They certainly make that point. Turkey has made an amazing effort that puts a strain on local resources, accommodation, jobs, hospitals and schools.

When we take a look at the big picture though, the EU is the biggest contributor in dealing with the humanitarian crisis. It spends well over two billion euros, but it has to be dedicated where it is most needed, and the really desperate situations are elsewhere. Nevertheless, we have provided 40 million euros of support to Turkey.

The “Zero Problem Policy” with neighbouring countries of Turkish Foreign Minister Davutoglu lost much of its content in recent years. How do you think, Ankara will deal with its direct neighbours in the coming years?

Turkey’s policy was very laudable. Who could disagree with not having problems with your neighbours? But, when your neighbours begin to disintegrate and fight internally, like it is happening in Syria, you cannot have zero problems, you have to take sides.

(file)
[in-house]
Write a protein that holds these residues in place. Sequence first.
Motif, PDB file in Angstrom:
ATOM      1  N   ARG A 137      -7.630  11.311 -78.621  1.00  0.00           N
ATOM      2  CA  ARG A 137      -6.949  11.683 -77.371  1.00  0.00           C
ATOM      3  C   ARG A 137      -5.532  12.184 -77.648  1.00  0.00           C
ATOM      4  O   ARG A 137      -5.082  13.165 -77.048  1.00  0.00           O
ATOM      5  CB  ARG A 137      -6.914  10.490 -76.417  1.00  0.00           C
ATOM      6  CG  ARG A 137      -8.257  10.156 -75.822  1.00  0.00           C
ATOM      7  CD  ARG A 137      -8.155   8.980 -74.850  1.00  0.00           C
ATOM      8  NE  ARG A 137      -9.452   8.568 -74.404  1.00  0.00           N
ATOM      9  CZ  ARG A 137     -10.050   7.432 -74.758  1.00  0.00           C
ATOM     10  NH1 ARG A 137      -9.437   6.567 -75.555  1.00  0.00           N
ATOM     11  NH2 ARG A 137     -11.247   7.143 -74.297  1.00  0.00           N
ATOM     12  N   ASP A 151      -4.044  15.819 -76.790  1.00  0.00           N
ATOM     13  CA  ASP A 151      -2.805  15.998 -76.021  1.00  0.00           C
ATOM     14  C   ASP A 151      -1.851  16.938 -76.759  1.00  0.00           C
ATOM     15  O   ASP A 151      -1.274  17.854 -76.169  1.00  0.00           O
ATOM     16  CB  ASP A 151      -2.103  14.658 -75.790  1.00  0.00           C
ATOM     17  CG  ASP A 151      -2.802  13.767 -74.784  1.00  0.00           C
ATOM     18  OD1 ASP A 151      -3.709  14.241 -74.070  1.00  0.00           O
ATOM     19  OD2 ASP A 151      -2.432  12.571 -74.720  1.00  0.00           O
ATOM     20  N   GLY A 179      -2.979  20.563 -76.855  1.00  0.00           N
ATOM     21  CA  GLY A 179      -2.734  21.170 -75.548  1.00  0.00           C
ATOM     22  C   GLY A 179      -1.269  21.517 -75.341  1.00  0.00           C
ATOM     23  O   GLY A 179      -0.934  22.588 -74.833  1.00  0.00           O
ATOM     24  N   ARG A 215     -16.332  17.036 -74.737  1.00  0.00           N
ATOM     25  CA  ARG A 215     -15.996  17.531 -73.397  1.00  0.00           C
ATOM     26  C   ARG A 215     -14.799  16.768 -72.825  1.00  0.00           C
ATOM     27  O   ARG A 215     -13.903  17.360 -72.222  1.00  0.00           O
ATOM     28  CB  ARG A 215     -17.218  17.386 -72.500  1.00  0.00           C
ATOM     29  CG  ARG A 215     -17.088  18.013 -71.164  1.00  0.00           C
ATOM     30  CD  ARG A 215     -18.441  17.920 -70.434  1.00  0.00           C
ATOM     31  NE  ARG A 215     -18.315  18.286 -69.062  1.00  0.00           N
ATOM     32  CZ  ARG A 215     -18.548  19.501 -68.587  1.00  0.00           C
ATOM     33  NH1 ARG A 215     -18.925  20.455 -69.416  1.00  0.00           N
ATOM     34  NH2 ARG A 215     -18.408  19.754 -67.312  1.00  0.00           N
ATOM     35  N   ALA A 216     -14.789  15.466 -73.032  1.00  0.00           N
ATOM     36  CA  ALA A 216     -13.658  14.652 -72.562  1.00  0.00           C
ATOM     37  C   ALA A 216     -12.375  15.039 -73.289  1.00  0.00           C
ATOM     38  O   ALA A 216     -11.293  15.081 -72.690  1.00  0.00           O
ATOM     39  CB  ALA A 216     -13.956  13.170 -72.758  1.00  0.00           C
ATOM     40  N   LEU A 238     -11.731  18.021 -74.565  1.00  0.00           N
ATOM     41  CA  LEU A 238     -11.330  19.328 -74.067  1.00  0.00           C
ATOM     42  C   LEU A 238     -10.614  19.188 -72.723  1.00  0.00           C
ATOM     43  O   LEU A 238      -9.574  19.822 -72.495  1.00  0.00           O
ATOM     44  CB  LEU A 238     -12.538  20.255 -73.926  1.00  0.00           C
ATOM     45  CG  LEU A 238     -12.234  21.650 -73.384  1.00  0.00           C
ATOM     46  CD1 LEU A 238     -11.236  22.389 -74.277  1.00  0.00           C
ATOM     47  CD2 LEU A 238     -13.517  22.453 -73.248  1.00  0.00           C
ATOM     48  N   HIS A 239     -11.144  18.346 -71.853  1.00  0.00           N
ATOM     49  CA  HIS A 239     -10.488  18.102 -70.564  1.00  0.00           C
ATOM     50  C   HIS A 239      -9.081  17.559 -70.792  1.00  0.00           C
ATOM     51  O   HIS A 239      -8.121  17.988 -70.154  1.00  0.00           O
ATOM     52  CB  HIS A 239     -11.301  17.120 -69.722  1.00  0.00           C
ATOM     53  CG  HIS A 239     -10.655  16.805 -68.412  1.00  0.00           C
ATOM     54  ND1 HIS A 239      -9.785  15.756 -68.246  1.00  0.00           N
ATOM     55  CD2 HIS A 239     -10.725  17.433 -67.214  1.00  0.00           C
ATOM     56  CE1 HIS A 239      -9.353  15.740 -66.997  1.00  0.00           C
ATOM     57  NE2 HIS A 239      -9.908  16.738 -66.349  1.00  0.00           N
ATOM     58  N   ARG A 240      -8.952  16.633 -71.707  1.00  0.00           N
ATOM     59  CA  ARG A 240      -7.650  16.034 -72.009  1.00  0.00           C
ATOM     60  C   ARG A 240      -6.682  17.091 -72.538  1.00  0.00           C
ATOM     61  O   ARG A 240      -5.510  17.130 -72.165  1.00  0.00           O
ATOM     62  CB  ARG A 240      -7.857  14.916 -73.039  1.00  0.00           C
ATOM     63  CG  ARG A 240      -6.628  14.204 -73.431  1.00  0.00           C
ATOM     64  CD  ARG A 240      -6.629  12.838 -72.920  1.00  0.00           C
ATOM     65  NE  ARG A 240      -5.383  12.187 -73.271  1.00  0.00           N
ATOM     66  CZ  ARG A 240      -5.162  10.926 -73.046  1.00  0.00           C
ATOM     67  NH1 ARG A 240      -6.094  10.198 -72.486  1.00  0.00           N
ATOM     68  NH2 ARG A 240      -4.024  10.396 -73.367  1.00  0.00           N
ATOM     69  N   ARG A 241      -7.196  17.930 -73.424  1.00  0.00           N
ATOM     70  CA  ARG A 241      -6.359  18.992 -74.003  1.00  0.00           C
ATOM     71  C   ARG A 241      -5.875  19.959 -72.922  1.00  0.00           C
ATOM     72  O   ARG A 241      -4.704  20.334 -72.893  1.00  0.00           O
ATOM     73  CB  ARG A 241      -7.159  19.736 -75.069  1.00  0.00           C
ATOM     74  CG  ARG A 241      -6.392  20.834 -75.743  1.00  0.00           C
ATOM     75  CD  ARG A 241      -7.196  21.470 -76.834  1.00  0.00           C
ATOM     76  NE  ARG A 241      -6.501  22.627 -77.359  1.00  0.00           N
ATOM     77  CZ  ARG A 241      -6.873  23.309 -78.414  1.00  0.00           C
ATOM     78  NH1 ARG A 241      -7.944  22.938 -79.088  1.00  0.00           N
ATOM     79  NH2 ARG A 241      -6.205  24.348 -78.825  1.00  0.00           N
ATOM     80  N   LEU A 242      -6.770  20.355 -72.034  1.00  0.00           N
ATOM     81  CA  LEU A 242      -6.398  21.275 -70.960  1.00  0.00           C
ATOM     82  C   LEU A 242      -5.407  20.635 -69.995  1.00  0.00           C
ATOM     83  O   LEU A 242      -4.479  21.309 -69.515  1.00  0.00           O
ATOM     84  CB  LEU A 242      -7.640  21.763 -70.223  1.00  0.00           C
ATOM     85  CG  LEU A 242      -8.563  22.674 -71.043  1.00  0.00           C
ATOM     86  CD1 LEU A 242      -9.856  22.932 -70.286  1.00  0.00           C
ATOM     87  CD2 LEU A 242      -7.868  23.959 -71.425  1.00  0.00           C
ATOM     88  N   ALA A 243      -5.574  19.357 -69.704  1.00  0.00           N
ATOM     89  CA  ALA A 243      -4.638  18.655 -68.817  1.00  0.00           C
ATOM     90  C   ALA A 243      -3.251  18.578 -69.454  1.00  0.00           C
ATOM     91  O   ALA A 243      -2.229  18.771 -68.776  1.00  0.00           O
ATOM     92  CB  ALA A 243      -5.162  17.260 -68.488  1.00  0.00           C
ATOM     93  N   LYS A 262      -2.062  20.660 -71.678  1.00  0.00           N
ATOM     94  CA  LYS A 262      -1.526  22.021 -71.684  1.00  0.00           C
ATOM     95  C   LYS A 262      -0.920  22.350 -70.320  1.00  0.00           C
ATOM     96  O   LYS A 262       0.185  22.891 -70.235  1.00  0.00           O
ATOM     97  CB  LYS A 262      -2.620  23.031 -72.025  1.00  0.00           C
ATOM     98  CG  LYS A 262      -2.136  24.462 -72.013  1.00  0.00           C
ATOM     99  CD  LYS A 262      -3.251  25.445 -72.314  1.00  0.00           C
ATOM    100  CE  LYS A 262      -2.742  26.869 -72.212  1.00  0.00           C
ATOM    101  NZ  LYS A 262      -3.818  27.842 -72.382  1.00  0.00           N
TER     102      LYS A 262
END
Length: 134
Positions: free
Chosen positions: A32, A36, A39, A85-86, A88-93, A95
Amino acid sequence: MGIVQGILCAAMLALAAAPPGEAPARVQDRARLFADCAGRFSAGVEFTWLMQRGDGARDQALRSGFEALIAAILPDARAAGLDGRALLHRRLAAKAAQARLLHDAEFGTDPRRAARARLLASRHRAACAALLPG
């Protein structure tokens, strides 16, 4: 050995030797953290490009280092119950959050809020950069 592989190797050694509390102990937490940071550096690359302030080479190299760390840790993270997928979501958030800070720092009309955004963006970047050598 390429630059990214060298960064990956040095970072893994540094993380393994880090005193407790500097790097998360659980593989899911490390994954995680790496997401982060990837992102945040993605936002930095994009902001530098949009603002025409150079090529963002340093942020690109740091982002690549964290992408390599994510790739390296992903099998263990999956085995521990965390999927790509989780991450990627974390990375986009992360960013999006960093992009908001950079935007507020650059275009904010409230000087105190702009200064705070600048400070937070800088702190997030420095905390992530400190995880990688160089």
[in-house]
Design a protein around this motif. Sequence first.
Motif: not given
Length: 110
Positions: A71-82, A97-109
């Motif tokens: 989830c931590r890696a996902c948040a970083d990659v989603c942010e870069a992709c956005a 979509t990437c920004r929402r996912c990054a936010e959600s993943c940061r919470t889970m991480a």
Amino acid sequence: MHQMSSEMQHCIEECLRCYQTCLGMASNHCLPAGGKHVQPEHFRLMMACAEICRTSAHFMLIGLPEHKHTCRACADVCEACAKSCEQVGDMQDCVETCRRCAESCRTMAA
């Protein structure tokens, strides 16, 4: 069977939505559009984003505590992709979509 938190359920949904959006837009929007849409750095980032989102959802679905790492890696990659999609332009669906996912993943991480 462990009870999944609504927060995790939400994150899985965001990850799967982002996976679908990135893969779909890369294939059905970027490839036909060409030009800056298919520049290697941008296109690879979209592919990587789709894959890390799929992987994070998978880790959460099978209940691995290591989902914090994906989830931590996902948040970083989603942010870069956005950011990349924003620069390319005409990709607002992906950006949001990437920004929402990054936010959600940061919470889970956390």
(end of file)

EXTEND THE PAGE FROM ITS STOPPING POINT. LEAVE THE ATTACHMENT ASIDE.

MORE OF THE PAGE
Cyprus, for example, is a country which Turkey does not recognise, and has had problems with for decades. However, in the last couple of weeks settlement talks restarted, and Turkey played a very positive role in helping to achieve the joint declaration. It is making a concrete contribution to trying to solve that problem, and it should be applauded for that.

With Armenia, Turkey does not have relations. We are now running a two million euro confidence-building measure project to encourage more communication between Turkish and Armenia’s civil society; that is a real priority.

Turkey has made efforts to improve ties with Iran and Iraq, with some high level visits in both directions, and we support these efforts.

Egypt is a country where we think the relationship should be improved.